Sudanese President Omar al-Bashir said Friday that his country was ready to open peace talks next month with a cease-fire with Darfur rebels at his high-profile visit to Italy that included an audience with Pope Benedict XVI.
It was the first time al-Bashir had called for a cease-fire since the announcement last week of the U.N.-backed talks in Tripoli, Libya set to start Oct. 27. A top rebel leader has demanded that hostilities end before negotiations can begin.
"We have announced we are willing (to put in place) a cease-fire with the start of the negotiations to create a positive climate," al-Bashir said at a news conference following talks with Italian Premier Romano Prodi.
"We hope that the negotiations in Tripoli will be the last ones and that they will bring a final peace," al-Bashir said, speaking through a translator.
Khartoum has regularly agreed to cease-fires but all have been quickly breached by the parties involved in the conflict.
Abdel Wahid Elnur, who leads a major faction of the Sudan Liberation Movement rebels, has said negotiations should not start until a cease-fire is in place and a planned U.N.-African Union joint peacekeeping force is on the ground. U.N. officials have said troops could start to deploy in October for the 26,000-strong joint peacekeeping force.
Al-Bashir said he had asked Prodi to push those European countries hosting rebel leaders to pressure them to take part in the talks, mentioning particularly Elnur, who is based in Paris.
Prodi praised al-Bashir's offer of a cease-fire saying that "this is an important signal, a strong signal that I welcomed with favor."
Al-Bashir's offer came just four days after a major attack launched by his forces against units of the Justice and Equality rebel group in northern Darfur in which more than a dozen people died.
More than 200,000 people have died and 2.5 million have been uprooted since ethnic African rebels in Darfur took up arms against the Arab-dominated Sudanese government in 2003.
Sudan's government is accused of retaliating by unleashing a militia of Arab nomads known as the janjaweed, a charge Khartoum denies.
Al-Bashir, who came to power in 1989 in a military and Islamic coup, was in Italy on a rare, high-profile visit to Western Europe that raised concern from human rights advocates and some politicians.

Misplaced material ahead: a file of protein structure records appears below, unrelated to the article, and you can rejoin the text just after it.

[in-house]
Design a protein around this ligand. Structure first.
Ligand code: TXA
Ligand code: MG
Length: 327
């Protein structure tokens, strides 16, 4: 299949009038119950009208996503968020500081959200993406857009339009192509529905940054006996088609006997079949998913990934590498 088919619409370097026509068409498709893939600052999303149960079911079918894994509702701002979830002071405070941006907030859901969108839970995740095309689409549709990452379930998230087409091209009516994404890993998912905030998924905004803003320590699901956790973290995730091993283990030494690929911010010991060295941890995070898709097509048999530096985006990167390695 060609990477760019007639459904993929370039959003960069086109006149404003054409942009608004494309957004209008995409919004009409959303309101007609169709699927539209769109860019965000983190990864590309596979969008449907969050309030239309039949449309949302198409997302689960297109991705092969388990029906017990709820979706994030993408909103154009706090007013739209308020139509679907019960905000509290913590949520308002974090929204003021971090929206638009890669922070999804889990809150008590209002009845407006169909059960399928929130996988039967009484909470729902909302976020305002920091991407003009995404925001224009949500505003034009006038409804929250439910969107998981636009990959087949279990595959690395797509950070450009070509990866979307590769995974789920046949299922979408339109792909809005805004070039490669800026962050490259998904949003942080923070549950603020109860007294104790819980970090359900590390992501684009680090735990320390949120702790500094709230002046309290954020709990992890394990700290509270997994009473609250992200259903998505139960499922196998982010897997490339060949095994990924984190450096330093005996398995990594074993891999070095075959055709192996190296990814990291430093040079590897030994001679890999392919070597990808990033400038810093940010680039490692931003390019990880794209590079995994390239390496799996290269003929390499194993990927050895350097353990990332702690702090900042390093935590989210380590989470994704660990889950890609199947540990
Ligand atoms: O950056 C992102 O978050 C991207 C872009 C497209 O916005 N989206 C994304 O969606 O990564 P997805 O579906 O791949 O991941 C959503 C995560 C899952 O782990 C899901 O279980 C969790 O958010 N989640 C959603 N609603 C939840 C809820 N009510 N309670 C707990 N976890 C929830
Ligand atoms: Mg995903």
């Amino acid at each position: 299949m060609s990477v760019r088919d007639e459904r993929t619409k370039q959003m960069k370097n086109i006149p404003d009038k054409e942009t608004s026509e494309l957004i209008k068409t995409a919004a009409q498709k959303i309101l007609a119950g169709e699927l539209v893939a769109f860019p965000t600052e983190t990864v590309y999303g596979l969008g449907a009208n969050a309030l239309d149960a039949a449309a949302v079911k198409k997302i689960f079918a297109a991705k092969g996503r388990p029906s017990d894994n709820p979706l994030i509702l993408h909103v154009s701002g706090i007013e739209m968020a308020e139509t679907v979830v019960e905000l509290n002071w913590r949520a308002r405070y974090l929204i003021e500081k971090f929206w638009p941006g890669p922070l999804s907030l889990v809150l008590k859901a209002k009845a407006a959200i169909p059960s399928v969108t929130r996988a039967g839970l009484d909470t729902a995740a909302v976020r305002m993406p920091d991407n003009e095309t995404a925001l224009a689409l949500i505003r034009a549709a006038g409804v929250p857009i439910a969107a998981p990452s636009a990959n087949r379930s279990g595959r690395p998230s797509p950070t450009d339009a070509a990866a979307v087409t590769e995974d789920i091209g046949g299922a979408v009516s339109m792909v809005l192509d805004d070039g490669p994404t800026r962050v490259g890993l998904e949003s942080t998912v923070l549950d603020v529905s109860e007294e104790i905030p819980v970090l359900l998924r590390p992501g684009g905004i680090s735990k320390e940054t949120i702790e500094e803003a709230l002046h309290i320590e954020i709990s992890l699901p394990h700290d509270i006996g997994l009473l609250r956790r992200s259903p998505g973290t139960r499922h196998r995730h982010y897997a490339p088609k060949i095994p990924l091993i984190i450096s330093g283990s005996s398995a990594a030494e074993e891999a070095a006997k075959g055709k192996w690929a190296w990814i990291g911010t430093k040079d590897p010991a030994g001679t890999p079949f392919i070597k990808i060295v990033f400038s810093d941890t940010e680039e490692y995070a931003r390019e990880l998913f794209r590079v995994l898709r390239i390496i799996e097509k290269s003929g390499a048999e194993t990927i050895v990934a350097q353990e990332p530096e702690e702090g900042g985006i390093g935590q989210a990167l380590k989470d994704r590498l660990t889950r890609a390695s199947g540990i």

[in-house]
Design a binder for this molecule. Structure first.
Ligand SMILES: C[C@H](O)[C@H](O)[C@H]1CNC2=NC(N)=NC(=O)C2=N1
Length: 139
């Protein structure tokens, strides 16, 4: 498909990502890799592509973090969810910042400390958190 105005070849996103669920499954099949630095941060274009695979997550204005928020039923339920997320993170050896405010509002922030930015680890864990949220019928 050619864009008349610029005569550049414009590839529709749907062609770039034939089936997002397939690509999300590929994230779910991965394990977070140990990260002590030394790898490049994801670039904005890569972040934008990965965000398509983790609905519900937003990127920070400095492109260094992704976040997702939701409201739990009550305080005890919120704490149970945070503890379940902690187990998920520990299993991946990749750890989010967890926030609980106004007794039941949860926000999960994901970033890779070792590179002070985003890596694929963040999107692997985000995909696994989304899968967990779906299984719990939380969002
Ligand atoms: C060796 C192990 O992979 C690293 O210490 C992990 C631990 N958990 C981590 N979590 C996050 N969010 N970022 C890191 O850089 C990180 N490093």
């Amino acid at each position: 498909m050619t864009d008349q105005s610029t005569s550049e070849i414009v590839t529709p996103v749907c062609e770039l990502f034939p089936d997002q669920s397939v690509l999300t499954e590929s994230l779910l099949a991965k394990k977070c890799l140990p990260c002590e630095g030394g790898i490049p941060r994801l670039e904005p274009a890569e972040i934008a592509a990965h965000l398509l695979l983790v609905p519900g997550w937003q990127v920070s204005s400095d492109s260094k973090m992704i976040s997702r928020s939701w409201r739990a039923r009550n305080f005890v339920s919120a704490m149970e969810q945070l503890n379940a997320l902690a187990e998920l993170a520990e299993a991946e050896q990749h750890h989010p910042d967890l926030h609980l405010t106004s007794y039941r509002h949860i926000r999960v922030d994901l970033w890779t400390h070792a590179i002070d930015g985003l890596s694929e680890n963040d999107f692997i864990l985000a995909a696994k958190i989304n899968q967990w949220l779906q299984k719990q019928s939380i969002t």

The Vatican said that Benedict and al-Bashir, aided by interpreters, spoke for 25 minutes at the papal summer residence in Castel Gandolfo in the Alban Hills southeast of Rome.
Vatican spokesman the Rev. Federico Lombardi described the atmosphere during talks as "very respectful."
"One could see there was a great commitment by Sudan for this meeting, as demonstrated by such a high-level delegation with evident care to showing great attention and respect for the Vatican," Lombardi told reporters.
He said the Holy See would issue a statement later about the talks.
Pope Benedict has said the Holy See is willing to do everything possible to end what he has described as "horror" in Darfur. A spokesman for the Sudanese president had said before the meeting that al-Bashir wanted to improve dialogue between Christians and Muslims and explain what he was doing to "alleviate the suffering of people in southern Sudan and Darfur."
There was concern among human rights groups about what the visit would achieve.
"The human rights situation in Sudan continues to be one of the most pressing humanitarian crises in the world today, and one to which the international community has failed for far too long to provide an effective response," Amnesty International said in a statement from its European Union office.
"Against this background, Amnesty International finds it remarkable that the Italian government has decided to receive" al-Bashir.
But actor and Darfur activist George Clooney said Thursday that increased international contacts with al-Bashir could ease the plight of Darfur's people.
"The policy of not talking to them because they're unsavory hasn't been very effective," Clooney said in a telephone interview with The Associated Press. "So my hope is that having a conversation with this man can somehow further movement toward getting these people back into their homes, their villages."
When General Wesley Clark spoke about the famous list of seven Middle Eastern countries to be demolished in five consecutive years, he has done nothing but remark, for the last time, if there was any need, Washington's willingness to redesign the Middle East within a more general framework of global domination.